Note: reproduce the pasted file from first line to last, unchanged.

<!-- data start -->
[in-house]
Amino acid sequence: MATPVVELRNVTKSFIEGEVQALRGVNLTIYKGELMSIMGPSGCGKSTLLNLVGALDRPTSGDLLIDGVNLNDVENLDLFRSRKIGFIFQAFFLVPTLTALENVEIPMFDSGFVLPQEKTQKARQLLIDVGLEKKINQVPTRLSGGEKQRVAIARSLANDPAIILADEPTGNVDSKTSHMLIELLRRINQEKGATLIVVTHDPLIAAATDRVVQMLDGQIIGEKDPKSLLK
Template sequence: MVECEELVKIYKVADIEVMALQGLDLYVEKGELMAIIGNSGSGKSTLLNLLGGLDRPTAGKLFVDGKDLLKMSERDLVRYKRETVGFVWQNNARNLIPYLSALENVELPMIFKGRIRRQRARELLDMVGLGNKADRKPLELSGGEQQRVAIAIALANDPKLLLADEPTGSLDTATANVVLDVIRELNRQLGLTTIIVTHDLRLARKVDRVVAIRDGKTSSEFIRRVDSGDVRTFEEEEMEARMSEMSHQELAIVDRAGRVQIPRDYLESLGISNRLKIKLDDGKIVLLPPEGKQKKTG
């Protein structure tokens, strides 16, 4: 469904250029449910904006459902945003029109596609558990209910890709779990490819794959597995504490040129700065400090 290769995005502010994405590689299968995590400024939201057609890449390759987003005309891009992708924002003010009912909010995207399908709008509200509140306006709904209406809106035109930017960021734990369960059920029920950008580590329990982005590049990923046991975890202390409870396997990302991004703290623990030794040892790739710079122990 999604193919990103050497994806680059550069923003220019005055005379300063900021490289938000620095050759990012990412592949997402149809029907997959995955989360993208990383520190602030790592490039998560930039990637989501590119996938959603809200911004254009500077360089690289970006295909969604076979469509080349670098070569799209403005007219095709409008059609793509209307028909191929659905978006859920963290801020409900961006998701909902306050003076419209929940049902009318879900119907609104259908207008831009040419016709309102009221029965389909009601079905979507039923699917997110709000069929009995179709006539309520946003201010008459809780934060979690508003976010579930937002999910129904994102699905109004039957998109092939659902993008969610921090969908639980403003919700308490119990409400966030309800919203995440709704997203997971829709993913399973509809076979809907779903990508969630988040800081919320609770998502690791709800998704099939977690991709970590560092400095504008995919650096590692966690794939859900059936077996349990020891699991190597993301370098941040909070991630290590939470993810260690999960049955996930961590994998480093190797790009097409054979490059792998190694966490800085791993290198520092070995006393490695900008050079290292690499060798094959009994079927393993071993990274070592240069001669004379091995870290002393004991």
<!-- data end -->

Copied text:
[in-house]
Amino acid sequence: MATPVVELRNVTKSFIEGEVQALRGVNLTIYKGELMSIMGPSGCGKSTLLNLVGALDRPTSGDLLIDGVNLNDVENLDLFRSRKIGFIFQAFFLVPTLTALENVEIPMFDSGFVLPQEKTQKARQLLIDVGLEKKINQVPTRLSGGEKQRVAIARSLANDPAIILADEPTGNVDSKTSHMLIELLRRINQEKGATLIVVTHDPLIAAATDRVVQMLDGQIIGEKDPKSLLK
Template sequence: MVECEELVKIYKVADIEVMALQGLDLYVEKGELMAIIGNSGSGKSTLLNLLGGLDRPTAGKLFVDGKDLLKMSERDLVRYKRETVGFVWQNNARNLIPYLSALENVELPMIFKGRIRRQRARELLDMVGLGNKADRKPLELSGGEQQRVAIAIALANDPKLLLADEPTGSLDTATANVVLDVIRELNRQLGLTTIIVTHDLRLARKVDRVVAIRDGKTSSEFIRRVDSGDVRTFEEEEMEARMSEMSHQELAIVDRAGRVQIPRDYLESLGISNRLKIKLDDGKIVLLPPEGKQKKTG
């Protein structure tokens, strides 16, 4: 469904250029449910904006459902945003029109596609558990209910890709779990490819794959597995504490040129700065400090 290769995005502010994405590689299968995590400024939201057609890449390759987003005309891009992708924002003010009912909010995207399908709008509200509140306006709904209406809106035109930017960021734990369960059920029920950008580590329990982005590049990923046991975890202390409870396997990302991004703290623990030794040892790739710079122990 999604193919990103050497994806680059550069923003220019005055005379300063900021490289938000620095050759990012990412592949997402149809029907997959995955989360993208990383520190602030790592490039998560930039990637989501590119996938959603809200911004254009500077360089690289970006295909969604076979469509080349670098070569799209403005007219095709409008059609793509209307028909191929659905978006859920963290801020409900961006998701909902306050003076419209929940049902009318879900119907609104259908207008831009040419016709309102009221029965389909009601079905979507039923699917997110709000069929009995179709006539309520946003201010008459809780934060979690508003976010579930937002999910129904994102699905109004039957998109092939659902993008969610921090969908639980403003919700308490119990409400966030309800919203995440709704997203997971829709993913399973509809076979809907779903990508969630988040800081919320609770998502690791709800998704099939977690991709970590560092400095504008995919650096590692966690794939859900059936077996349990020891699991190597993301370098941040909070991630290590939470993810260690999960049955996930961590994998480093190797790009097409054979490059792998190694966490800085791993290198520092070995006393490695900008050079290292690499060798094959009994079927393993071993990274070592240069001669004379091995870290002393004991």